As an artist, there can be nothing more painful than to have one's creative voice silenced. So, you can imagine the heartbreak when I learned that the owners at Vanguard, the nightclub that recently opened across from Capitol Park, had decided to withdraw the art series they had commissioned from me, due to opposition from a local, politically connected lobbyist.
My series, entitled "Politically Vulnerable," was attacked for celebrating 10 wives, girlfriends and lovers of California governors. What a bitter irony that the series of portraits - which my artist's statement explained were intended to "represent the strength of baring one's identity, telling one's history and facing one's vulnerabilities, a strength often denied in the image-crafted world of politics" - was itself denied due to the misunderstanding of someone who refused to read the artist's statement or view the artwork.
More ironic, still, that such a fear-based decision, intended to avoid controversy, originated from an institution called Vanguard, and that the call to censor my feminist art came from Donne Brownsey, a female lobbyist, in the name of feminism. As she wrote in her first email to Vanguard management, she demanded a "21st century celebration of women as ... equally powerful and complex leaders," citing a number of local female politicians she would prefer to see on the walls.
Sometimes art imitates life, and then life turns around and imitates art. I had intended to create a conversation with my work about the "essentially feminine paradox of strength in vulnerability," as I explained in my artist's statement, about the ways in which these women demonstrated their personal power by baring the intimate details of their personal lives - often when the powerful men with whom they were associated wished to silence their stories as dangerous "political vulnerabilities."
To me, this was a celebration of powerful and complex women, though their connection to California politics was equally complex. All of them are symbolic of a more nuanced and more uniquely feminine conception of strength than the typical patriarchal "power politics" of the Capitol. When that all-too-typical political power wielded behind the scenes through high-level connections prevailed upon the owners of Vanguard to silence my celebration of these women, the censorship itself became a catalyst for the very conversation the art was meant to provoke.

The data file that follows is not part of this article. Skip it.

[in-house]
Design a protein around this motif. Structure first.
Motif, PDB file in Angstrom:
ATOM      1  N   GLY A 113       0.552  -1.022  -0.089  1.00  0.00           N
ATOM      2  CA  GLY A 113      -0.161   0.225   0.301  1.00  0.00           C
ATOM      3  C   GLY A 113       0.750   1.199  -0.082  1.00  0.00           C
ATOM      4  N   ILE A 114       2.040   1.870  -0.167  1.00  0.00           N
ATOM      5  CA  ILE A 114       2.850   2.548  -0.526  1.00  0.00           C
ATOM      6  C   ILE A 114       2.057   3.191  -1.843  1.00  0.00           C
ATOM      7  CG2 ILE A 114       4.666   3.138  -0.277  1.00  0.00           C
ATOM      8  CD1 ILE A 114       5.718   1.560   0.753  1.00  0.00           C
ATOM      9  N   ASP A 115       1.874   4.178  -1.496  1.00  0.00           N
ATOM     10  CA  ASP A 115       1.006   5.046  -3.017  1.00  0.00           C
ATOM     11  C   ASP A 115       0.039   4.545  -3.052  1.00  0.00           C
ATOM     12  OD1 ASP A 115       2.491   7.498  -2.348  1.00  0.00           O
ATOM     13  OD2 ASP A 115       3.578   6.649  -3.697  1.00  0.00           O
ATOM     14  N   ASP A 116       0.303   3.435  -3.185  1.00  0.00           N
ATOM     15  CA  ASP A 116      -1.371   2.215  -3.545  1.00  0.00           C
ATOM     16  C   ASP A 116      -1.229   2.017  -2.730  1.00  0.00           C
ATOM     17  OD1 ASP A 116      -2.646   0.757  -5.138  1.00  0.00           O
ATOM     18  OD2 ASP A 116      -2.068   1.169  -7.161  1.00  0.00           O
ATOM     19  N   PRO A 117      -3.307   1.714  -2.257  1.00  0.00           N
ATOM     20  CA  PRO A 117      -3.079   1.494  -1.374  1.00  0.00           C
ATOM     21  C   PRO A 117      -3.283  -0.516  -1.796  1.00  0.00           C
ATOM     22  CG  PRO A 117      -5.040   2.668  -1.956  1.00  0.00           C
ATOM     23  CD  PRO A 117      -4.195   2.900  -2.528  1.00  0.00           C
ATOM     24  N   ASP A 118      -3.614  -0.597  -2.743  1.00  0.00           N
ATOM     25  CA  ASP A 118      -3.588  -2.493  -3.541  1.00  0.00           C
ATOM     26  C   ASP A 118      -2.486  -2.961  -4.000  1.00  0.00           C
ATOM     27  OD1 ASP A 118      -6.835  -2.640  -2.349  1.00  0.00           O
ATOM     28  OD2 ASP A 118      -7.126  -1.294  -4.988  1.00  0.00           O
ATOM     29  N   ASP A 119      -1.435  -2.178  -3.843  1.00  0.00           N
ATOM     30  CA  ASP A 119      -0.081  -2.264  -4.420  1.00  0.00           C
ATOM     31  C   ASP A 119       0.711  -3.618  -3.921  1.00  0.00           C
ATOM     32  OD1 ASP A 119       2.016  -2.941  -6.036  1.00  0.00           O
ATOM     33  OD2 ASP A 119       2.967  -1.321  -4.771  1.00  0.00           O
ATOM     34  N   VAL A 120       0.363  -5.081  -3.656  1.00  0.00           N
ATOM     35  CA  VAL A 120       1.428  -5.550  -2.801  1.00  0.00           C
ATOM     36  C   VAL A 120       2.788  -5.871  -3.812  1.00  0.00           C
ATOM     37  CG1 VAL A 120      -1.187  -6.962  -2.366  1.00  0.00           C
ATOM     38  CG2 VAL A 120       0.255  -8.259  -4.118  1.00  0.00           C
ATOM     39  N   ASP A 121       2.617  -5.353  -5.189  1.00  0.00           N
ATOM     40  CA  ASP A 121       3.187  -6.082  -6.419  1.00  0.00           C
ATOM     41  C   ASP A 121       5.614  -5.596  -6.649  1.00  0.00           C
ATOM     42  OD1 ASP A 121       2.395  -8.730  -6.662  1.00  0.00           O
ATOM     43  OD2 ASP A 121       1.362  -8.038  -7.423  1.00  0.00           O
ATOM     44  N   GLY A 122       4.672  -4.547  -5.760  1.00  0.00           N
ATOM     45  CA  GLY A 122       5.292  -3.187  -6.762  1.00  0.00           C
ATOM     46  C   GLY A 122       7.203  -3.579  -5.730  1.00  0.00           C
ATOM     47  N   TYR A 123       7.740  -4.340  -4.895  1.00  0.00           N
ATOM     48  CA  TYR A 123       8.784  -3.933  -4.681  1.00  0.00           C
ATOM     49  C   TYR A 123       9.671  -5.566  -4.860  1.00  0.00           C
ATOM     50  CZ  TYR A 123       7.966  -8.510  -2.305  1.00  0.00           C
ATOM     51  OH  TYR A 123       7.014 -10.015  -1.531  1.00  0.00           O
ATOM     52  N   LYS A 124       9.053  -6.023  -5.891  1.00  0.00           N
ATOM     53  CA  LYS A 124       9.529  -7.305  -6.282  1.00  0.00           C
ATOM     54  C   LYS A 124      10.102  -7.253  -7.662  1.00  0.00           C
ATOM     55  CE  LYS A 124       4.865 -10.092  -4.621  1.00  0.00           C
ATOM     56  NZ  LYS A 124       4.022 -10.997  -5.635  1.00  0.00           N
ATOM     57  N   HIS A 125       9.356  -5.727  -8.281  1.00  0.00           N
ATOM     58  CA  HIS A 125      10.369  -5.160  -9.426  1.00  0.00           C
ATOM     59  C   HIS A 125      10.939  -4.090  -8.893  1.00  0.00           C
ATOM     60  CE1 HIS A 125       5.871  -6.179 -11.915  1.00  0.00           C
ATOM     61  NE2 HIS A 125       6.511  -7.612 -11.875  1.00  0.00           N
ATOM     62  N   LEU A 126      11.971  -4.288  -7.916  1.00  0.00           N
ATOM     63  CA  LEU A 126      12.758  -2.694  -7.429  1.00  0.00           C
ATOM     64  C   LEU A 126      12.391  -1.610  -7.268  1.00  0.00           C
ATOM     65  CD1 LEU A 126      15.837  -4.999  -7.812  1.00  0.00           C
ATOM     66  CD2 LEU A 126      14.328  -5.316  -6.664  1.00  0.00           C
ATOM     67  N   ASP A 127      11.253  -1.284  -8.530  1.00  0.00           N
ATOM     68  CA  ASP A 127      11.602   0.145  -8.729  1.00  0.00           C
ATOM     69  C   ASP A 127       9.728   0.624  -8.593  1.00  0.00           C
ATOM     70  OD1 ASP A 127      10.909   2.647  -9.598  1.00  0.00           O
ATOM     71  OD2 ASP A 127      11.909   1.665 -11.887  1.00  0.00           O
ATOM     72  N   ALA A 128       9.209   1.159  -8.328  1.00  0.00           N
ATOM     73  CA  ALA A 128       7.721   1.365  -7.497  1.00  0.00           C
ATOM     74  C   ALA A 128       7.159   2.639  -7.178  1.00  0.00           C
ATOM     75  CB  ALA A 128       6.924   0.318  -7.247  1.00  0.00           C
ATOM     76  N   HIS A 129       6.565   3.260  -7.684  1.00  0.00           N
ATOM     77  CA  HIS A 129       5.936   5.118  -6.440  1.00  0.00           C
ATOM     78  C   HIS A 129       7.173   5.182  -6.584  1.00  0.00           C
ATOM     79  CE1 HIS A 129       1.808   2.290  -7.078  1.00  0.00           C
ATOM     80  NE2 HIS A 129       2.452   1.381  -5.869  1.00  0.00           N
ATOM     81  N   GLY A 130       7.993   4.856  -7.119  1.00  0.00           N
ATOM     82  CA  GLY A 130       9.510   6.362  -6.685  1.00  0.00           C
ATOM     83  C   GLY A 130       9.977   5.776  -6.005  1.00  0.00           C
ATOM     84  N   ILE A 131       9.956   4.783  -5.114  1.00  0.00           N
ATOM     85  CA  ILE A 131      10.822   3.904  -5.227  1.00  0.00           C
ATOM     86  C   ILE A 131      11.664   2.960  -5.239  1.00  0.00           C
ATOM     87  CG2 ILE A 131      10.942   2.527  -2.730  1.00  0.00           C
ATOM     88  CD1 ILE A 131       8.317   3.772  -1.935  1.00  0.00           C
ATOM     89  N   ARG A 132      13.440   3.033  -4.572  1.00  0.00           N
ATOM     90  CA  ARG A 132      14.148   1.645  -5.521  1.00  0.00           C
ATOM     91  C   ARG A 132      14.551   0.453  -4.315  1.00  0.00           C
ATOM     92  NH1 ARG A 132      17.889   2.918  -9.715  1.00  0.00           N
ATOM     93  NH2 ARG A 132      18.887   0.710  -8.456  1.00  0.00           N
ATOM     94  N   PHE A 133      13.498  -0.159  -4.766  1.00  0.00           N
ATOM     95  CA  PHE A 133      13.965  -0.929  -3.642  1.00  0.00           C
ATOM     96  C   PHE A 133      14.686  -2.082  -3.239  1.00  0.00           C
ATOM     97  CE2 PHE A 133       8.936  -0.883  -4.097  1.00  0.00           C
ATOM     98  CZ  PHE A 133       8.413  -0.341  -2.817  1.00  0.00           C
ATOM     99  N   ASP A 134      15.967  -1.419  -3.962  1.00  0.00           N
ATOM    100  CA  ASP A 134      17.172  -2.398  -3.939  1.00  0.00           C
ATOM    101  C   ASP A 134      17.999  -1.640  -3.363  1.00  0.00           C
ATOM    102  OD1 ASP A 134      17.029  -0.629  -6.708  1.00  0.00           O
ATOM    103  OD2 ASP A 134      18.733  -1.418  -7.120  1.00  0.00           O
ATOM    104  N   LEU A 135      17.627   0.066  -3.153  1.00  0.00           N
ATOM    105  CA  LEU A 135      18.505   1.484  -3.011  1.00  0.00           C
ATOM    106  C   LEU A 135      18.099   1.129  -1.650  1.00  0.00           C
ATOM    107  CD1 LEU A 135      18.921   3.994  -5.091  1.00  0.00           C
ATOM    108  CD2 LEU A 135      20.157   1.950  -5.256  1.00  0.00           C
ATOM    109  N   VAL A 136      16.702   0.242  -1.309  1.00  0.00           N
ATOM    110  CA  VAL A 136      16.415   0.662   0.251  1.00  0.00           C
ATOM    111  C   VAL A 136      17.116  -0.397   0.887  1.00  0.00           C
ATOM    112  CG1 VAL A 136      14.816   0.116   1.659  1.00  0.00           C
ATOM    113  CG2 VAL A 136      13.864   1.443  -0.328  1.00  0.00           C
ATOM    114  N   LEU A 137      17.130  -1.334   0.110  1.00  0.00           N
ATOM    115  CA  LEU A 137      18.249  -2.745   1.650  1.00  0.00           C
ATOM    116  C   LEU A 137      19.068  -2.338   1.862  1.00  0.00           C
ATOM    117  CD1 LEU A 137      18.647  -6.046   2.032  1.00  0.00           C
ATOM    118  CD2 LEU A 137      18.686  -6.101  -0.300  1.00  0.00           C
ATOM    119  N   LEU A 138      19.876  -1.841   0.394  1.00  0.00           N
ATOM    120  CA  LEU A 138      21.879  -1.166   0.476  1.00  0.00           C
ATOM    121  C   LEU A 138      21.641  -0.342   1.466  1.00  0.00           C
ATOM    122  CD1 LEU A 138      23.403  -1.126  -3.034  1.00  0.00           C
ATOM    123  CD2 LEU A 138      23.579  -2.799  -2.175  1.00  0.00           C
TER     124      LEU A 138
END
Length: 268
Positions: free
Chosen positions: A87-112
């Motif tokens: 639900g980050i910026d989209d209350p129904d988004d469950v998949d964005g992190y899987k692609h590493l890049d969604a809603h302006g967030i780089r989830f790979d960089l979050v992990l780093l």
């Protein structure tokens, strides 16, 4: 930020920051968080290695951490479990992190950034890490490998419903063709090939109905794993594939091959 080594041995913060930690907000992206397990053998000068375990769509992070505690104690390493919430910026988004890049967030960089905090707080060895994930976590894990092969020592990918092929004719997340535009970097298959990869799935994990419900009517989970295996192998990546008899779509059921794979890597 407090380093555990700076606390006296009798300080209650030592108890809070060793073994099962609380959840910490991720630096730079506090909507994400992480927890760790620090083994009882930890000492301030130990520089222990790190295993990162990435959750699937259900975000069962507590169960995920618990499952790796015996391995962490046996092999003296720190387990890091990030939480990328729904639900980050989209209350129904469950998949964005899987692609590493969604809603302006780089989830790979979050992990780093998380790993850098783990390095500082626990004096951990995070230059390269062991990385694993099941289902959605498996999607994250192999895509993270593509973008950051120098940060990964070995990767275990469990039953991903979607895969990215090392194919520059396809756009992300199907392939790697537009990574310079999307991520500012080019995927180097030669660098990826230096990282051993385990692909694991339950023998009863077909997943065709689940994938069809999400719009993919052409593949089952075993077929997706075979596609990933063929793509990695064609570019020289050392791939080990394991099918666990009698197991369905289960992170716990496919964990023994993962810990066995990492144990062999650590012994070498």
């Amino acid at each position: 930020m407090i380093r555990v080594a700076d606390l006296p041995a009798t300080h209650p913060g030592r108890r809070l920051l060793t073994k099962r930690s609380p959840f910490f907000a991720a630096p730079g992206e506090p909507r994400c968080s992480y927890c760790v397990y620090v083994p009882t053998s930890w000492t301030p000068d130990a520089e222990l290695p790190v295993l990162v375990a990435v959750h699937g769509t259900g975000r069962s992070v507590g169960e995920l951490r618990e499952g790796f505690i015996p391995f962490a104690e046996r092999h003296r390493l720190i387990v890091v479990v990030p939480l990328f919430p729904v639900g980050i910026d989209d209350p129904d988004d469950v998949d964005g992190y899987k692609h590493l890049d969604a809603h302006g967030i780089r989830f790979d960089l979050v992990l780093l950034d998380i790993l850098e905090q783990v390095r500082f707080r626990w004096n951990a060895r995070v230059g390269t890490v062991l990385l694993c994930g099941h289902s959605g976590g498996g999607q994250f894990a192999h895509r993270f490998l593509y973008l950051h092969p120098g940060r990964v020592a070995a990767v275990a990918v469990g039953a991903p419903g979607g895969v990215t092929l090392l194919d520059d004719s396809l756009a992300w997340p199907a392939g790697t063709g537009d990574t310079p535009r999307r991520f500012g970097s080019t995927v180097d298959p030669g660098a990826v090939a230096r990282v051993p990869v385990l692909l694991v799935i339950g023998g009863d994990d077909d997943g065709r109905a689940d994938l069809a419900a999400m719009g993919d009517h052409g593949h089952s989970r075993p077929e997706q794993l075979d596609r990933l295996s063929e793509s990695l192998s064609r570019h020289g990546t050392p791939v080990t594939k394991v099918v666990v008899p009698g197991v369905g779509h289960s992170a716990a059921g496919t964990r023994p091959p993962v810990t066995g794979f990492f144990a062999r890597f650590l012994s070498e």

The spirited discussions resulting from the efforts to suppress my artwork reflect the vibrant community in Sacramento, which is too often unfairly written off as uncultured, small-minded and bureaucratic. When the story broke, an explosion of comments, emails and Facebook posts spread through the local creative community, inspiring a female lawyer to purchase the series of paintings.
Events like this reflect a sea change taking place in society. In an era of pervasive government power operating under a veil of secrecy, this back-channel political influence was defeated by transparency, social connectivity and community voice empowered by a truly democratic social media. It is exciting to be a part of a generation evolving a new type of social currency, where influence is determined less by financial status or access to the men in the executive suite than by the ability to inspire and connect with people on a daily basis.
Finally, we should transcend the problems of secrecy and censorship through the power of our voices. I hope this conversation will continue to provoke new ideas and broaden our perspectives.
Inspired by Maria Shriver, one of the 10 women featured in "Politically Vulnerable," who conceived the Minerva Awards to honor "remarkable women who are both warriors and peacemakers," I hope this fight for free expression will make space for a more peaceful conversation about controversial issues.
To that end, I have joined with the owners of Vanguard to create a new series of paintings to celebrate Sacramento's contemporary vanguard - men and women leading our local community forward - and I have reached out to Brownsey, who demanded the censorship of my original series, to participate in a public forum on the themes provoked by my art and the controversy that ensued.
Maren Conrad is a Sacramento artist. Her work will be exhibited at Studio S, 545 Downtown Plaza, with an opening reception from 6 to 9 p.m. Thursday.